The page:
Chrysler Group LLC today reported U.S. sales of 70,118, a 23% increase compared with sales in January 2010 (57,143 units), and ahead of the overall U.S. market growth of 17%.
Chrysler’s heavy reliance on truck and minivan sales – roughly 75% of total – was a factor as overall truck sales in the U.S. increased 29% in January. What happens in the mid-east could change the outlook.
The Jeep product lineup (+47%), the Dodge Grand Caravan (+82 %) and Chrysler Town & Country (+45 %) minivans, and the Ram pickup truck (+ 22 %) all posted notable year-over-year gains, as January was the 10th consecutive month of sales increases for the Fiat-controlled automaker.
“We have set the foundation for a year of sales growth with our 16 all-new or significantly-revamped models for 2011,” said Fred Diaz, President and CEO – Ram Truck Brand and Lead Executive for U.S. Sales.
An all-new 2011 Dodge Durango three-row SUV, the new Chrysler 200 mid-size sedan have just arrived in dealerships in January, along with revised Dodge Journey, Dodge Grand Caravan, Dodge Avenger, and the Chrysler Town & Country minivan. So barring another mid-east induced oil crisis, and subject to competitive incentive programs, Diaz could be right.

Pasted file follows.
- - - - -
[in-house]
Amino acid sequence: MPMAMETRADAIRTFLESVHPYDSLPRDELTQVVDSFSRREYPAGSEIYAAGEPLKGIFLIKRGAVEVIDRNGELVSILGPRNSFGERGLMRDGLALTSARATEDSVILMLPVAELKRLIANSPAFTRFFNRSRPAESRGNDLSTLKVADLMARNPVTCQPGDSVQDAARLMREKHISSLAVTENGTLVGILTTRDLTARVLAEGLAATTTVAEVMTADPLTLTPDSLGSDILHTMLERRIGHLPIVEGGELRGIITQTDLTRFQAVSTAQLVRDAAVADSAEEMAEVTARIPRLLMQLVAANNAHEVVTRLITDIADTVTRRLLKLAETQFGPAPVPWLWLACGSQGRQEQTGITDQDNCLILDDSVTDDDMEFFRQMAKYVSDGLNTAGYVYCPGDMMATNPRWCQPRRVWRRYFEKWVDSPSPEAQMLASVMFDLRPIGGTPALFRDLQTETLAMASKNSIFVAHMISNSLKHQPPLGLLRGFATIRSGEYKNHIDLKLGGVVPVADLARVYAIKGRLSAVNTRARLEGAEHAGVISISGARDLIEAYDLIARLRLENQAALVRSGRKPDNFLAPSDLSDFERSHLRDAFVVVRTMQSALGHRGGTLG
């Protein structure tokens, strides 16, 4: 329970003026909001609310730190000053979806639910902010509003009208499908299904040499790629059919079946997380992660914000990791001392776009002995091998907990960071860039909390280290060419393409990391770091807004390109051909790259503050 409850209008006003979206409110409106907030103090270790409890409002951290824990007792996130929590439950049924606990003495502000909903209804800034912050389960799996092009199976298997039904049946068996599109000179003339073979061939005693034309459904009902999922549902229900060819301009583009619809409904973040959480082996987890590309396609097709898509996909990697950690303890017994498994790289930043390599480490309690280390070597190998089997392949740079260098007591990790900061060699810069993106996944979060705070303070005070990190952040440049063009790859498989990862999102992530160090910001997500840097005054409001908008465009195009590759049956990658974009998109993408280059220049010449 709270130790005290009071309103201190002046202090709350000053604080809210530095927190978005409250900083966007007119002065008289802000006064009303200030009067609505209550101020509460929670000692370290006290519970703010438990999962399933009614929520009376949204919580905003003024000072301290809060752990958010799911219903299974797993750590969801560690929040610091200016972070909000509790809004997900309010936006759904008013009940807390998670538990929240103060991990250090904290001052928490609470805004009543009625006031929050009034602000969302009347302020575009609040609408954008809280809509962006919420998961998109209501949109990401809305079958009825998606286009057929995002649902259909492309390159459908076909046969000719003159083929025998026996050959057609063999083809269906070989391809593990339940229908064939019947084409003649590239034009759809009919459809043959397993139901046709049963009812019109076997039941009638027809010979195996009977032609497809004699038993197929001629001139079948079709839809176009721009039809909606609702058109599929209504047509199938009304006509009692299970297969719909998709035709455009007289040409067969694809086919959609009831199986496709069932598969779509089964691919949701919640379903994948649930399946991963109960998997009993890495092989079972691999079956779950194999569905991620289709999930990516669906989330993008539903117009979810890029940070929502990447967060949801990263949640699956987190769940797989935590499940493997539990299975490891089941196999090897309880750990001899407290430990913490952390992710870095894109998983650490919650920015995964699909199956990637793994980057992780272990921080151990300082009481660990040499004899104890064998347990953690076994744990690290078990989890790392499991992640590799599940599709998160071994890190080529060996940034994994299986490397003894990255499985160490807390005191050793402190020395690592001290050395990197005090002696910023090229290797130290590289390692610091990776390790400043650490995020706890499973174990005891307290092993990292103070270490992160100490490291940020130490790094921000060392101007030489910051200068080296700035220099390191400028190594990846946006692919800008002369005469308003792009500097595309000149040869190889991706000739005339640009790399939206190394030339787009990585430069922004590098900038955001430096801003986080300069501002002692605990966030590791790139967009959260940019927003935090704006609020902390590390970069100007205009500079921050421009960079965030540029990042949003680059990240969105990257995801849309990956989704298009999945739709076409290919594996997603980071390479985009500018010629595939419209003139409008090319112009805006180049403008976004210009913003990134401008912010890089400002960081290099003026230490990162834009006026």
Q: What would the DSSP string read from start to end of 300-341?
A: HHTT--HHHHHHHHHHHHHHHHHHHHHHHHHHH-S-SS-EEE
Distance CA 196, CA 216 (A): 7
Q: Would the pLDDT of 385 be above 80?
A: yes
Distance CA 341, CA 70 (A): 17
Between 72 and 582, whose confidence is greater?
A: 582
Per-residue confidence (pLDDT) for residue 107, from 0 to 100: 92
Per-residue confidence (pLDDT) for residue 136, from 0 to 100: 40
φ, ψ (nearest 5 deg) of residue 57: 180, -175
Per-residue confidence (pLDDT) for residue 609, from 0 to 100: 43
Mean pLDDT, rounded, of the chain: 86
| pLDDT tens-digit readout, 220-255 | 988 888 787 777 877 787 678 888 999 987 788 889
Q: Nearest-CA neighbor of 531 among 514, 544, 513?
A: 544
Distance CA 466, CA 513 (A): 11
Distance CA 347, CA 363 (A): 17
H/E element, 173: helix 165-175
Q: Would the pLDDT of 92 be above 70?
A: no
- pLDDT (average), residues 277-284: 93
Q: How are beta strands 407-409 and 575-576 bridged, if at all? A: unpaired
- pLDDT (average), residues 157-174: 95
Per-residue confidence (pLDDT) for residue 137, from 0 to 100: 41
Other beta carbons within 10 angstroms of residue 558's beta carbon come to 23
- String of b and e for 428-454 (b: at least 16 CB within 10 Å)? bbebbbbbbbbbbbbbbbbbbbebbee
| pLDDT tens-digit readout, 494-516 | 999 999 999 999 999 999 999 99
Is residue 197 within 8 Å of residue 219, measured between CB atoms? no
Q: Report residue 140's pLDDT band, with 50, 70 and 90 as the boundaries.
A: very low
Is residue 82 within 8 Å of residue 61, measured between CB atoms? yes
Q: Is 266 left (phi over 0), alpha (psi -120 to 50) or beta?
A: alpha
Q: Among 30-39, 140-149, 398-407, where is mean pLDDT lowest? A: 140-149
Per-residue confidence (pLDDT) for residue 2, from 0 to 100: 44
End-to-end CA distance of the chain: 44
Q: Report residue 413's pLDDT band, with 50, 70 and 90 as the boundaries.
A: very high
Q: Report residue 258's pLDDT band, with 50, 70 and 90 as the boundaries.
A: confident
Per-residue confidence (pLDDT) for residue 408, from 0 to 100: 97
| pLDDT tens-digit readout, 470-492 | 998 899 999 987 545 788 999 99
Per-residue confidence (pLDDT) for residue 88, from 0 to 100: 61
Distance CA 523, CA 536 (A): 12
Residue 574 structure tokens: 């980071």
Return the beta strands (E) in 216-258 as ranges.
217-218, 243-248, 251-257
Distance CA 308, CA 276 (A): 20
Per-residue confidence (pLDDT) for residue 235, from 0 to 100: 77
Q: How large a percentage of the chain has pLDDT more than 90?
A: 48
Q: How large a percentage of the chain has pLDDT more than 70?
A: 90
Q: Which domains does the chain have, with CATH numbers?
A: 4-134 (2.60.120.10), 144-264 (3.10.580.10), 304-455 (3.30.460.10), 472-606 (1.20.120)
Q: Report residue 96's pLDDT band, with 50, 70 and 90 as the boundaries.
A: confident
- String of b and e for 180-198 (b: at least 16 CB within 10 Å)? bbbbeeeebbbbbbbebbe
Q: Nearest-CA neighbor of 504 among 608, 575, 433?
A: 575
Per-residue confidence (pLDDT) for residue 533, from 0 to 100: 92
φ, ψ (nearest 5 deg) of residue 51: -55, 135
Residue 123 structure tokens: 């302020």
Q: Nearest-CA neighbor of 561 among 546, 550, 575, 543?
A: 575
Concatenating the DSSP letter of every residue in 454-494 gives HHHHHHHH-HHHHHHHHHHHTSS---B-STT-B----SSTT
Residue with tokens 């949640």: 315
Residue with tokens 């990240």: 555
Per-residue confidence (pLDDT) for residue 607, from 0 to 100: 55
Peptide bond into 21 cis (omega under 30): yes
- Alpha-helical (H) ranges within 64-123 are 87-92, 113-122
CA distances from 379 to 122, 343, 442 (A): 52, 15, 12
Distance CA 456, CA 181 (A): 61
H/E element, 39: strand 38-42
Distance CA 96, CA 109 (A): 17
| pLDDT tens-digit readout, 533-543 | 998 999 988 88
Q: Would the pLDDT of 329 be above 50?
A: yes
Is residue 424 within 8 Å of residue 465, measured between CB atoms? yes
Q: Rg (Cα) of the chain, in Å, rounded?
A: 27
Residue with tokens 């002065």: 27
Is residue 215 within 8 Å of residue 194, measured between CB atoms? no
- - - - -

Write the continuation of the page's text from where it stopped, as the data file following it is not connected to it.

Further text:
On Monday Chrysler announced it is now making an operating profit, and is ahead of many of the assumptions of the business plan announced in November of 2009 after it emerged from bankruptcy. However this progress is overwhelmed on the balance sheet by liabilities of $13.1 billion, with $1.3 billion in interest costs.
“We will be bottom line profitable in 2011,” said Sergio Marchionne, CEO, at the time, who also confirmed that bonuses would be disclosed next week for UAW hourly employees even though they increased the 2010 loss.
Key to achieving this will be strong sales growth of Jeep internationally, and an increase of roughly 2% market share in the U.S. to 1.6 million units up from 1.09 million in 2010.